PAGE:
The Church of St. Mary the Virgin is a small wooden Gothic Revival church located prominently at 373 New Maryland Highway in the Village of New Maryland.
The Church of St. Mary the Virgin Provincial Historic Site is significant because of its association with the Neo-Gothic architectural programme of Anglican priest-architect Rev. Edward S. Medley and, his father, Bishop John Medley. Here the two Medleys have collaborated to render a diminutive, wooden, mid-Victorian church-building translated from more formal stone compositions in England dating back to the Middle Ages. Designed by Rev. Edward S. Medley in 1863 and completed the following year, this church was consecrated by Bishop John Medley. It serves as a noteworthy example of the more that 100 Neo-Gothic churches erected in New Brunswick during the 47 year episcopate of John Medley (1845-1892).
A wholehearted expression of the Gothic Revival in rural church-building, this church is also important because of the particular refinement of its architectural components. It exists as one of the finest Medley-inspired, Neo-Gothic, wooden churches in New Brunswick. It presents a compelling interpretation of High Victorian architectural theory transferred from England and adapted to the New Brunswick countryside. The porch-nave-chancel arrangement is an imaginative blend of architectural forms, original among New Brunswick churches.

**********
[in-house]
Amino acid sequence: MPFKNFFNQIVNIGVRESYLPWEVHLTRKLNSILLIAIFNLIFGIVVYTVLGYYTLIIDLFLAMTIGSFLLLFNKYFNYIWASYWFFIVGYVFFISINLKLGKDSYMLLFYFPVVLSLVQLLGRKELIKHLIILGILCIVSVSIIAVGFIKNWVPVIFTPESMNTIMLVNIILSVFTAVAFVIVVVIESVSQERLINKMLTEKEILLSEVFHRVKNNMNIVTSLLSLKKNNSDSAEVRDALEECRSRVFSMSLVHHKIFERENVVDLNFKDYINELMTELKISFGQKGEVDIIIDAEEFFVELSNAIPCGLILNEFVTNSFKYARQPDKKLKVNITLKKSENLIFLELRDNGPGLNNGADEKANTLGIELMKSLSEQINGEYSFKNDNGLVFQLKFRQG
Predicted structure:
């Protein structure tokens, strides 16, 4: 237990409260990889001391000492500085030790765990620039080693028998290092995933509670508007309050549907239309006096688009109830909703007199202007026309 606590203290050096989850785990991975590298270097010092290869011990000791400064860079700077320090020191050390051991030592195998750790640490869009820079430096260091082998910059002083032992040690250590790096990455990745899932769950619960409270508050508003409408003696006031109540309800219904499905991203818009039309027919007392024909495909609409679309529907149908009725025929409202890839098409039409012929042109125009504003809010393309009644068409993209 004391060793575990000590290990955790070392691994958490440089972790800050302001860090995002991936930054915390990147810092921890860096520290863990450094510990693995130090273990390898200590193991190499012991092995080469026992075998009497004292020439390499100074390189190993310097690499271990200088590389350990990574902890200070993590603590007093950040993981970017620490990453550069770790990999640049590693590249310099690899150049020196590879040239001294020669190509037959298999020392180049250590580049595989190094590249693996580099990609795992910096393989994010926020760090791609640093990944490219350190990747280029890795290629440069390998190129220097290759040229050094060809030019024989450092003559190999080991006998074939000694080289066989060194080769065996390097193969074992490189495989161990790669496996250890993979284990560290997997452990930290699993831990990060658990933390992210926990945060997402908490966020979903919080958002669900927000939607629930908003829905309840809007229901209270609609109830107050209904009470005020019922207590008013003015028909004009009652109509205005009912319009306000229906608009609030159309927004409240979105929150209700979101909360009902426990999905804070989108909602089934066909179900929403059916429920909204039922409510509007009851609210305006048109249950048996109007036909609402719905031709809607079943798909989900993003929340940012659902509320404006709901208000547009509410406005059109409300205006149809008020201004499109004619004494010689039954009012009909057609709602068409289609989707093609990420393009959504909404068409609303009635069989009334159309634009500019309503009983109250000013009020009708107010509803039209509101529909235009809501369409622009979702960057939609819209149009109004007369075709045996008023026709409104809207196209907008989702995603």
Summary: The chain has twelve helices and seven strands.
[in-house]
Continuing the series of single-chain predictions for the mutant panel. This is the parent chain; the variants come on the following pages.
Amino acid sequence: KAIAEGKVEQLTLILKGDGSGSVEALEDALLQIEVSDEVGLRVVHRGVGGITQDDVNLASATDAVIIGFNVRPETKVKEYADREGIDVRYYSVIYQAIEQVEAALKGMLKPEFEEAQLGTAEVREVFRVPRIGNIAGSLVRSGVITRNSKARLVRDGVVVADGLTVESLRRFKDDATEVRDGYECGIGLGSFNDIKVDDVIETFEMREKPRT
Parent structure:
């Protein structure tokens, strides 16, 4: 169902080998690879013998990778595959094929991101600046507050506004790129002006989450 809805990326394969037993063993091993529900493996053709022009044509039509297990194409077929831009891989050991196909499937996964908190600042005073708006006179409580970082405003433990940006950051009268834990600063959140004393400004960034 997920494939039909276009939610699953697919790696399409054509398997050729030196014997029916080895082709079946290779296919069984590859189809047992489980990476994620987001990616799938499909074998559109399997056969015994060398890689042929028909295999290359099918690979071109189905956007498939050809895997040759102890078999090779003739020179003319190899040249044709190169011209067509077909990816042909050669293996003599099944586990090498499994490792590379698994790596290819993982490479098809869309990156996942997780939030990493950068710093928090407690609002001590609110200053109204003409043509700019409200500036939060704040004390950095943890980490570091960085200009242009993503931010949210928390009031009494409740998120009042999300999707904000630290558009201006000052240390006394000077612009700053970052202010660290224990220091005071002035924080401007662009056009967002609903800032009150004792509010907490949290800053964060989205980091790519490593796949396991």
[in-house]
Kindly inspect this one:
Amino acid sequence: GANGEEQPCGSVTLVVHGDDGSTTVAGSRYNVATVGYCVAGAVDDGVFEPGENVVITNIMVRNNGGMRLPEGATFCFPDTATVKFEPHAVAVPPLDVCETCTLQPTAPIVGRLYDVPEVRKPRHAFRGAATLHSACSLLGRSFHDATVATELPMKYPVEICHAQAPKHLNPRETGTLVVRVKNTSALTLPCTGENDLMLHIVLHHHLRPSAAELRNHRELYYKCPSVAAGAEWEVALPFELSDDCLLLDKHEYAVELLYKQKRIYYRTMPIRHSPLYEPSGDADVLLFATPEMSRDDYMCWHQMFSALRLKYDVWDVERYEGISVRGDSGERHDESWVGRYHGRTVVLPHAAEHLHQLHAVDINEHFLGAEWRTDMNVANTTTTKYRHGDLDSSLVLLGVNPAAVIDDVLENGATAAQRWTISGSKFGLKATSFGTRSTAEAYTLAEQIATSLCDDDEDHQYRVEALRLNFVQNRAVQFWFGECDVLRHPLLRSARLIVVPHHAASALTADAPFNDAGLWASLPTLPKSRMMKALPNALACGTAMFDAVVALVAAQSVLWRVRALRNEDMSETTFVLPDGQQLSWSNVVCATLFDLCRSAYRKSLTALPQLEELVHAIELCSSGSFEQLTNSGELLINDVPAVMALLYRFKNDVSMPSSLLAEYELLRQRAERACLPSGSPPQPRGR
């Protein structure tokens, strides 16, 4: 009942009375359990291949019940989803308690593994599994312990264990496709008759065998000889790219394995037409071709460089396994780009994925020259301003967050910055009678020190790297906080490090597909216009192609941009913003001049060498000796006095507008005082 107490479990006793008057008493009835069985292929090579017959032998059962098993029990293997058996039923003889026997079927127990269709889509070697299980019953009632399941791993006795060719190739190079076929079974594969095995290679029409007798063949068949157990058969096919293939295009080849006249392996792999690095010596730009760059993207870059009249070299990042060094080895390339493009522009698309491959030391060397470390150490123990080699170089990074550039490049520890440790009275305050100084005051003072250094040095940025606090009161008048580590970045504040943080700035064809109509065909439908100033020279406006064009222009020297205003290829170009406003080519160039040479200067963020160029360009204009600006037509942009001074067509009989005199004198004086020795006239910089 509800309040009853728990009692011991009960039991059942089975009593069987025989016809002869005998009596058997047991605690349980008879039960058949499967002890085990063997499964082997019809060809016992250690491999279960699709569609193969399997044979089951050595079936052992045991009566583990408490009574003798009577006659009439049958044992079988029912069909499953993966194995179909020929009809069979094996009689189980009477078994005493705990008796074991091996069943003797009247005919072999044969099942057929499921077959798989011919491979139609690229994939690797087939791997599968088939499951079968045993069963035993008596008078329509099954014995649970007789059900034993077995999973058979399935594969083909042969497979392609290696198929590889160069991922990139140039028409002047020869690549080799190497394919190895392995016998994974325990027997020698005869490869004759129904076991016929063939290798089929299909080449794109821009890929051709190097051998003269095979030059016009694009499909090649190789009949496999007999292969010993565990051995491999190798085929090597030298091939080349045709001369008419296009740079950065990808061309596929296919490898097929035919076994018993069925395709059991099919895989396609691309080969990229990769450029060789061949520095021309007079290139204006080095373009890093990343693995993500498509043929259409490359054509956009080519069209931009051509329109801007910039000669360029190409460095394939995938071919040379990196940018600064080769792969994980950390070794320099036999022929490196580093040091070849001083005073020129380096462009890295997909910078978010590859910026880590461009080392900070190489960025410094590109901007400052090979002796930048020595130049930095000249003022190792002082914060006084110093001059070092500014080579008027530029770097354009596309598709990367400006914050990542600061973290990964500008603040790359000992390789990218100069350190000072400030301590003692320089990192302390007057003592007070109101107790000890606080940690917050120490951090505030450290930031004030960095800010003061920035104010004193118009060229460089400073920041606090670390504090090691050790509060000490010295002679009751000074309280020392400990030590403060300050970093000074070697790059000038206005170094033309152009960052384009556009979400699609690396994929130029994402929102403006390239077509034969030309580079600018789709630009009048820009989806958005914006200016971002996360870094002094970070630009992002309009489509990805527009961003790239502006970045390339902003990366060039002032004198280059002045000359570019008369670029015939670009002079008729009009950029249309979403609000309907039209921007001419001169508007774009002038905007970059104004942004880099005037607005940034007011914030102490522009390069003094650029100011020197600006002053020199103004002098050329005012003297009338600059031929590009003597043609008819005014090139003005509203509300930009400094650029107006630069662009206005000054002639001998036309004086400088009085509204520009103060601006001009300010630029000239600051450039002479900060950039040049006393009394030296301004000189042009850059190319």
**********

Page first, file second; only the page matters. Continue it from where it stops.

Inspired by other much larger church buildings of the Gothic manner, St. Mary the Virgin reflects a dramatic emphasis on exterior vertical lines reaching upward along the walls of the building, ending in a distinctive bell turret. This verticality is accentuated further by board-and-batten exterior construction punctuated frequently in the architectural pattern by the characteristic pointed arch motif over windows, doorways and gables.
Surrounded by cemetery stones nestled in a churchyard, the Church of St Mary the Virgin held a central place in the life of the rural community for well over 100 years.